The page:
I no longer give Linux machines to my family to use. I still try to support the ones I have given out in the past, but it is increasingly painful — just as painful as it is trying to use Linux myself on the desktop.

This sure as hell isn't the year of the Linux desktop. It might just be the year of the MacOS desktop, for me.
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Dan Carpenter's profile photoMauro Andreolini's profile photoAndreas Tunek's profile photoDavid Woodhouse's profile photo
I'm wondering what could be done about this. I found Ubuntu's desktop much nicer to use and less resource-intensive; but am reluctant to import the packages of Unity 7 (they exist though) to Fedora due to uncertain future upstream. XFCE spin might be a good idea too?

Abrt's not in default Ubuntu installation either; probably it is a better desktop out of box?

When it comes to Evolution, I've found out it deals fine with smaller volume of mail, and sucks heavily (memory consumption, generally slow) for big loads. I'm wondering how relevant is it these days compared to web gmail or outlook live or whatever.

By the way, I've lowered my dirty_bytes watermark to a lower value to cope with i/o freezes, and everything seems to work nice apart from that it makes yum (surprisingly nothing else I use seems to cause that much disk traffic) unusable.
Core'ing big processes does seem to really screw things up, even without things like abrt.
Right. I'm wondering if would be too difficult to dump the core after the process has terminated in case the core collector is a pipe, (parent's wait() would finish and file descriptors and other resources but vmas torn down), so that the crahsed process' window does not sit stuck on the desktop. Also the limit on core size could be enforced by kernel, so that poor abrt does not even bother trying to dump something insanely big.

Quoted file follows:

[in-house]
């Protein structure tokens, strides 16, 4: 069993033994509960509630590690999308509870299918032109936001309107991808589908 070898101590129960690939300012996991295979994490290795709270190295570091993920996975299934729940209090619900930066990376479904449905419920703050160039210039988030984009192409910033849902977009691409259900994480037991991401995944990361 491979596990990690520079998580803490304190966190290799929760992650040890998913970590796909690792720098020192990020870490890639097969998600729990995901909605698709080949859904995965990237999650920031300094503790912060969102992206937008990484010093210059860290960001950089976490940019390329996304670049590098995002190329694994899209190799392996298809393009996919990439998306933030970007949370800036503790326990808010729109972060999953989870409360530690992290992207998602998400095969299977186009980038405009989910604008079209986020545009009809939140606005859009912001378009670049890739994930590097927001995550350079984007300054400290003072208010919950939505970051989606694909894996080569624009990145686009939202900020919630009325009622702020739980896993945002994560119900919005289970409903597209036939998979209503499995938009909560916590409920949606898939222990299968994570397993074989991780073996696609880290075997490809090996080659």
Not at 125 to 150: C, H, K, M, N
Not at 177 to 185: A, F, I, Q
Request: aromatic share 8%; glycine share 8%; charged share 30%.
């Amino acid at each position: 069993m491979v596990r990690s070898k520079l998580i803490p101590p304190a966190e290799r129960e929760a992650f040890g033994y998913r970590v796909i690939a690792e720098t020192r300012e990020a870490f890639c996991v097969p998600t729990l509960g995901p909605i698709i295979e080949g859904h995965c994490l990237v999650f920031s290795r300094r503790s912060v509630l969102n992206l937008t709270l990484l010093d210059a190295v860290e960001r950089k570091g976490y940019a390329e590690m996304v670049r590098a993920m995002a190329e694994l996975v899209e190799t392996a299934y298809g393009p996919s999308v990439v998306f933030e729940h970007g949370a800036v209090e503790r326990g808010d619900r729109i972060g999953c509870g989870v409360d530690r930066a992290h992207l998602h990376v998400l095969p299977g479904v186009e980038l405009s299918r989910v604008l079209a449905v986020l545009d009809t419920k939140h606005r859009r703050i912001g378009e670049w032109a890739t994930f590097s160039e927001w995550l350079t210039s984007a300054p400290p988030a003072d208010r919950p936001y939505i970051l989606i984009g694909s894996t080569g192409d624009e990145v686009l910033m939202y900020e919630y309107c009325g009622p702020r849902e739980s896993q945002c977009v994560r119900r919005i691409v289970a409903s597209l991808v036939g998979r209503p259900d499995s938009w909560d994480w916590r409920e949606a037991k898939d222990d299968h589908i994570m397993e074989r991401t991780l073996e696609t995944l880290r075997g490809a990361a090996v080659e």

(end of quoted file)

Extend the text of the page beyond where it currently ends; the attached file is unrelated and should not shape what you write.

I was OK with the crashed process' window sitting stuck on the desktop. The problem was that I couldn't use the damn desktop at all anyway, because the whole damn machine sits there for minutes at a time failing even to focus a new window, when there's high I/O load. And then after writing out a 679505920-byte core file (seriously, Evolution, wtf was all that), the poxy abrt system deleted it again before I could do anything useful with it!
+David Woodhouse I seriously suggest that you install something else instead of Evolution. I tried to use it during GUADEC, and couldn't - if the VPN drops while it sends or receives e-mail, it doesn't respond even to closing the window. Try Thunderbird, despite all that bad publicity that you quoted - at least it does understand that cancel means cancel.